Macronutrients for Backpackers, an Introduction

Planning your food for a long distance hike can feel overwhelming: How much do I eat? What do I eat that’s going to provide energy for 10+ hours of hiking per day? How do I plan food to keep my food weight down?

There are a lot of misconceptions about what constitutes ideal backpacking foods. My intention with this post is to give you some factors to think about that will help you choose backpacking food that provides stead energy and keeps your pack weight lower. Note that this is specifically speaking to macronutrient ratios that make sense for backpackers. What you do in normal, daily life will likely be different because your body is not under the same demands.

Why bother meal planning at all? For backpackers, thinking about your macros is mostly helpful if you want to achieve:

  • lower pack weight
  • better performance (e.g. better energy, better endurance, faster recovery, better immune function, better mood)

If you’re asking your body to perform optimally, it makes sense to provide it with optimal inputs.

The first step in backcountry meal planning is figuring out roughly how many calories to pack each day. Rather than using broad ranges, such as 2 pounds per day or X,000 calories per day, which will probably result in you over or under packing food, you can use an online calculator like the one at tdeecalculator.net or exrx.net to get an activity-adjusted estimate.

Once you know how much you’re eating, what should those foods consist of? That’s where macronutrients come in.

What are macronutrients?

Essentially, macronutrients are the 3 components that make up all of our food. They include protein, fat, and carbohydrate. All three are important. For this conversation, we’ll focus mostly on fat and carbohydrate. Each day, you need a minimum amount of protein, which is important for muscle repair and building, as well as immune function, neurotransmitter production, and much more.

We need a certain amount of protein each day to prevent muscle wasting and facilitate repair. The remainder of your calories consist of either fats or carbohydrates, the primary sources of your cellular energy. Your exact needs for carbohydrate and fat depend on you, but I’ll provide some factors you might want to consider when planning macros for your next backpacking trip.

High carbohydrate diets are traditionally recommended for endurance athletes, but that’s not necessarily what’s best for long distance hikers.

Here’s why:  the body’s preferred energy source depends primarily on exercise intensity and duration. Basically, when a person is exercising at high intensity, carbohydrate is the predominant fuel source, while at lower intensities, such as walking, the primary fuel source is free fatty acids.

For the most part, hiking is a low to moderate intensity activity with bursts of more intense efforts, such as when climbing a mountain or crossing difficult terrain. Therefore, backpackers have high aerobic needs, low anaerobic needs, and low strength needs. This is one reason healthy fat is an ideal fuel source for backpacking.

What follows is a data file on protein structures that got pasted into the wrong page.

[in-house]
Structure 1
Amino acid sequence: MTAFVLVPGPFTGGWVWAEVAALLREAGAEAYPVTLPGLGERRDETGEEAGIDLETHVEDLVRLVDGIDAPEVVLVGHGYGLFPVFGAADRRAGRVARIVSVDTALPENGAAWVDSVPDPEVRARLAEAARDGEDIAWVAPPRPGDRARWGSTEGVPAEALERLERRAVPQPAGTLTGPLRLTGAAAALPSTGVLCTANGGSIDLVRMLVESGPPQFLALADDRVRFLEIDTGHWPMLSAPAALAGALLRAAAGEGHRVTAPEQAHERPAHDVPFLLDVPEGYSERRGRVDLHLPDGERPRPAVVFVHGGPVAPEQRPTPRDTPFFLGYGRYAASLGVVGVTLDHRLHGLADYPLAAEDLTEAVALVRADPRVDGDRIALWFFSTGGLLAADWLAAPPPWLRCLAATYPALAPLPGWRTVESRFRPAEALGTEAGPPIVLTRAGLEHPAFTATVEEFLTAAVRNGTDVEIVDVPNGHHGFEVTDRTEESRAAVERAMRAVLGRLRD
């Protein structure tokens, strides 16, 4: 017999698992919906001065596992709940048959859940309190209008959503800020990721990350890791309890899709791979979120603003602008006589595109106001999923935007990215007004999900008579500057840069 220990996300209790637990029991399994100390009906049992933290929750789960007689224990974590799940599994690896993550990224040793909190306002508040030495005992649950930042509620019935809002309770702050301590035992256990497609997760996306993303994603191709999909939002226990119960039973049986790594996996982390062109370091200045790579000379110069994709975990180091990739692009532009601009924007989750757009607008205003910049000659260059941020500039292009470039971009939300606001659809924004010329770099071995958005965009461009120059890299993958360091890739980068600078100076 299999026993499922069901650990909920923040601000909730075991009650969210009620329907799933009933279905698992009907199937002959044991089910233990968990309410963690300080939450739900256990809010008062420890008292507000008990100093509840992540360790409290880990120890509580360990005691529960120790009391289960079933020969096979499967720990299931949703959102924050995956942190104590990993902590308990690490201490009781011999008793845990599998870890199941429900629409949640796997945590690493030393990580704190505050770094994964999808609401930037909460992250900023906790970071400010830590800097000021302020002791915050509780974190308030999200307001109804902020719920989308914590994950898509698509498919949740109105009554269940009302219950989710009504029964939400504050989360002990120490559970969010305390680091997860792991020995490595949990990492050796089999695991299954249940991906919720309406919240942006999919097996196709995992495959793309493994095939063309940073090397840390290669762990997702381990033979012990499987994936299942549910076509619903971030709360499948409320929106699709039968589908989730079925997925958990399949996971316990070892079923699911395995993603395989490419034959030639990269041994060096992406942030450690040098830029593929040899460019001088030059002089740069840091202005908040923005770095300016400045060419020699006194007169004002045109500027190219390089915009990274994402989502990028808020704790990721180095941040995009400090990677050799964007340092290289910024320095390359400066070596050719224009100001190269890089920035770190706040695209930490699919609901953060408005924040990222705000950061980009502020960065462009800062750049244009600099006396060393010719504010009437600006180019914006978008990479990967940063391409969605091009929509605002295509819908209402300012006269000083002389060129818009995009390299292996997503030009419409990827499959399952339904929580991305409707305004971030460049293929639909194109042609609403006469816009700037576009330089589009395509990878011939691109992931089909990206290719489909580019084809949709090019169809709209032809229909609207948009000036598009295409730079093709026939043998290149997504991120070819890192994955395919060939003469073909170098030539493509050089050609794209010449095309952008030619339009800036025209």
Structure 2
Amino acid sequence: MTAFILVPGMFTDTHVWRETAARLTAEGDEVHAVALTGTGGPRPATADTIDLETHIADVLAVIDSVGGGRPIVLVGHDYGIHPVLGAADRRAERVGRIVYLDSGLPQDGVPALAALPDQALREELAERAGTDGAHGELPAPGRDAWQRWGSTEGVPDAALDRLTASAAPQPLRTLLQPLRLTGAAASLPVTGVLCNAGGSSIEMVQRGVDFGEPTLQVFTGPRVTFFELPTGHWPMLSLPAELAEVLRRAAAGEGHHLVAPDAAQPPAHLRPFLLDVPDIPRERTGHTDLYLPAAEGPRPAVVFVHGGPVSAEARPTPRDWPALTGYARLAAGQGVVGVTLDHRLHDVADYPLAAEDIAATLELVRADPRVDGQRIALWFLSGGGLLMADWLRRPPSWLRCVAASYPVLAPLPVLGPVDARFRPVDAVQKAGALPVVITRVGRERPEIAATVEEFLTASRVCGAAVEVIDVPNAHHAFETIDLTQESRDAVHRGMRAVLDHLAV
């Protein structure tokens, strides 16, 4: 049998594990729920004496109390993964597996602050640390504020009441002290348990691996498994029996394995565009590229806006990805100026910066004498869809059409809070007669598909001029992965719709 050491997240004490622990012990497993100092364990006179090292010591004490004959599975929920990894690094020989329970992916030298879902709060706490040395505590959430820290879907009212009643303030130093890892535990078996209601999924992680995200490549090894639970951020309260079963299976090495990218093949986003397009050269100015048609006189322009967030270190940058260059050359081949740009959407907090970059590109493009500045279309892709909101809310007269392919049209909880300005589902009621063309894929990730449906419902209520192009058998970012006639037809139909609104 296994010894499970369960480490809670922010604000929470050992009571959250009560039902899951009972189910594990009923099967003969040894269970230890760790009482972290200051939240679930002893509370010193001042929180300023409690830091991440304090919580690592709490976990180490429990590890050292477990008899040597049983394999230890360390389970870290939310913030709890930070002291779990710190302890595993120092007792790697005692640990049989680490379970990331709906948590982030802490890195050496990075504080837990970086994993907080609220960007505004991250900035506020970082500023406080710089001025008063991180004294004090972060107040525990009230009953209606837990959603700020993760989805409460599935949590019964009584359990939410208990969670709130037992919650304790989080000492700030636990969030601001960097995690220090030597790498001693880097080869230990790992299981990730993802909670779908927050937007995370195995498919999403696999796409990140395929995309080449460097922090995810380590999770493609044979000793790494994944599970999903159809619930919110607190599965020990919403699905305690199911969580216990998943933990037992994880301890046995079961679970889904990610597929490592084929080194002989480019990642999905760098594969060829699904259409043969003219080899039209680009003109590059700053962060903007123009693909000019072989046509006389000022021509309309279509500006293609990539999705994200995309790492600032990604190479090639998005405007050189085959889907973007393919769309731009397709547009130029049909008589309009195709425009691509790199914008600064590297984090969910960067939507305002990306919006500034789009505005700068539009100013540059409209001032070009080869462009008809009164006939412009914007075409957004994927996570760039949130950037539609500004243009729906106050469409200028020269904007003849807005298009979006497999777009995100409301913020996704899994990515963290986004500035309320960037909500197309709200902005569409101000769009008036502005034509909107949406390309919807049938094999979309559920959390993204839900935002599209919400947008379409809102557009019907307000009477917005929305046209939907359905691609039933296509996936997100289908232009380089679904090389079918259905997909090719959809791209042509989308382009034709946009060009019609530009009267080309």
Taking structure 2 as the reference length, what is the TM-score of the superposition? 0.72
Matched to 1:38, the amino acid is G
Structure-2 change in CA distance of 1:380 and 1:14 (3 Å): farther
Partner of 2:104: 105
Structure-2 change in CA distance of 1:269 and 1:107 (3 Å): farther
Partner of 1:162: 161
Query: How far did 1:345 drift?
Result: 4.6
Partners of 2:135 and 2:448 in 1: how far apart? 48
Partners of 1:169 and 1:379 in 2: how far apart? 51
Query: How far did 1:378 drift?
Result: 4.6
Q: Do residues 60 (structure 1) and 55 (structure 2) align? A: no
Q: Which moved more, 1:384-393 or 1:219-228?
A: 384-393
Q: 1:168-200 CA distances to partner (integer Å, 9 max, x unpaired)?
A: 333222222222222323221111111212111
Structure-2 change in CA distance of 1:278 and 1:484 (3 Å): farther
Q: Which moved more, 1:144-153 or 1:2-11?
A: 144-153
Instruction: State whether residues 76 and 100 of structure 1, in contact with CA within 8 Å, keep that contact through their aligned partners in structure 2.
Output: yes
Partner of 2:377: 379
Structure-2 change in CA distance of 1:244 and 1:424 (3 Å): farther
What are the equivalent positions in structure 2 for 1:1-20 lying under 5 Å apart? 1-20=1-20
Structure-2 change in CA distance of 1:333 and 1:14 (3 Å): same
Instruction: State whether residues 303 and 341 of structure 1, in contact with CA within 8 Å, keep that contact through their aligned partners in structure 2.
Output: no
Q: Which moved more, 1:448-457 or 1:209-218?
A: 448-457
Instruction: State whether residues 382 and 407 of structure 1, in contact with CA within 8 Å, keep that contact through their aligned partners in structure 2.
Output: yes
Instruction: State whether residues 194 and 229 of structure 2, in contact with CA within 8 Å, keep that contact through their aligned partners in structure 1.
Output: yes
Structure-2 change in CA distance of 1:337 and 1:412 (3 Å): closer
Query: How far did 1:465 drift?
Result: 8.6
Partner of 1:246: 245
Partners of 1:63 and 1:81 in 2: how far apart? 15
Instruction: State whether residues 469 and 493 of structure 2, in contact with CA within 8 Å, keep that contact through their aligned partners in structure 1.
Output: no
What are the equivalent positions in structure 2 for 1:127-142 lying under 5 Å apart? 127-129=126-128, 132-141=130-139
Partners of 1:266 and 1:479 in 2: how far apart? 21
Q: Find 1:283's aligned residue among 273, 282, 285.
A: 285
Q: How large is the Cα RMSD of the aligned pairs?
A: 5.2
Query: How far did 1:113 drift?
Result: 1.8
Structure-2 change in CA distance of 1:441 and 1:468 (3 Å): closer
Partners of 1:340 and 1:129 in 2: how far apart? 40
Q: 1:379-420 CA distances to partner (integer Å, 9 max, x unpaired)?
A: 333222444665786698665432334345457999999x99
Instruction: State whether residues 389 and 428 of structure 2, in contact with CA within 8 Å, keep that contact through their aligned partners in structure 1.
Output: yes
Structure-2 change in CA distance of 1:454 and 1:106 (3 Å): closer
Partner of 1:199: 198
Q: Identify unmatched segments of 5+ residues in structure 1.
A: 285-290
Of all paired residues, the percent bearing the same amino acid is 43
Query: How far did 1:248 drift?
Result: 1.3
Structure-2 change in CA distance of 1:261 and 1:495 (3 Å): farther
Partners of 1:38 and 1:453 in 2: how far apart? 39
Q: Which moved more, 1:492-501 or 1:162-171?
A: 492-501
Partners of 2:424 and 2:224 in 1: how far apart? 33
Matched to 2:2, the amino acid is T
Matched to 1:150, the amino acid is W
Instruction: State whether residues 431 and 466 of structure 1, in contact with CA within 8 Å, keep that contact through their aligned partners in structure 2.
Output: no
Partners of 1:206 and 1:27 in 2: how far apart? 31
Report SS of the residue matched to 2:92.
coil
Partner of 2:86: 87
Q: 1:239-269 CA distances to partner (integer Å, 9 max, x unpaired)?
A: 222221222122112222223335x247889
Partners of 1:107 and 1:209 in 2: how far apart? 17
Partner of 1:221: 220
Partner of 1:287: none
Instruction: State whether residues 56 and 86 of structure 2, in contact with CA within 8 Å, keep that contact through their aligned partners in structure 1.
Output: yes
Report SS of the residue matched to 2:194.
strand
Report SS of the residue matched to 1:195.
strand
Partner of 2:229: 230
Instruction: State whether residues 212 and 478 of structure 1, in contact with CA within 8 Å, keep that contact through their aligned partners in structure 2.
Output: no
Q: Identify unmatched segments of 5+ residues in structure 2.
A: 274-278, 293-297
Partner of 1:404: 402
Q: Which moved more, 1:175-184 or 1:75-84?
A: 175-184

Fat also makes sense for backpackers from a pack weight perspective since fat is 2.4x more calorically dense than carbohydrates or protein. This means you can carry less food weight overall by carrying more high -fat foods.  Basically, a high-fat diet weighs less than a high-carbohydrate diet with the same number of calories. 

IMPORTANT NOTE: If you decide to consume a diet higher in fat, it’s important to choose healthy sources of fat, consume adequate protein and a lower ratio of carbohydrate. It’s also important to note that high fat here is being discussed specifically for how it can be conducive to a long distance hiking trip. With any dietary changes, it’s valuable to get tested to see how changes are affecting your bloodwork.  

So, how do you put this info into action? To recap, 

  1. Figure out your total calorie needs with an online activity-adjusted calculator.
  2. Identify your ideal ratio of macronutrients.
  3. Figure out your protein needs first. Anywhere from 15-25% is probably appropriate for most backpackers.  You can research recommendations online and choose the ratio that feels most appropriate for you.
  4. The remainder of your daily calories are come from a combination of fat and carbohydrates. Favoring fats can be ideal for backpackers to help them lower pack weight. Nutritionally, fats are also ideal for low to moderate intensity activities. Carbohydrates are helpful for when you need quick bursts of energy as well as for restoring glycogen and sleeping better at night.

Interested in better health and an expanded skill set so that you can embark on your next backpacking trip with more confidence? Explore our Adventure Ready Backpacker Academy!

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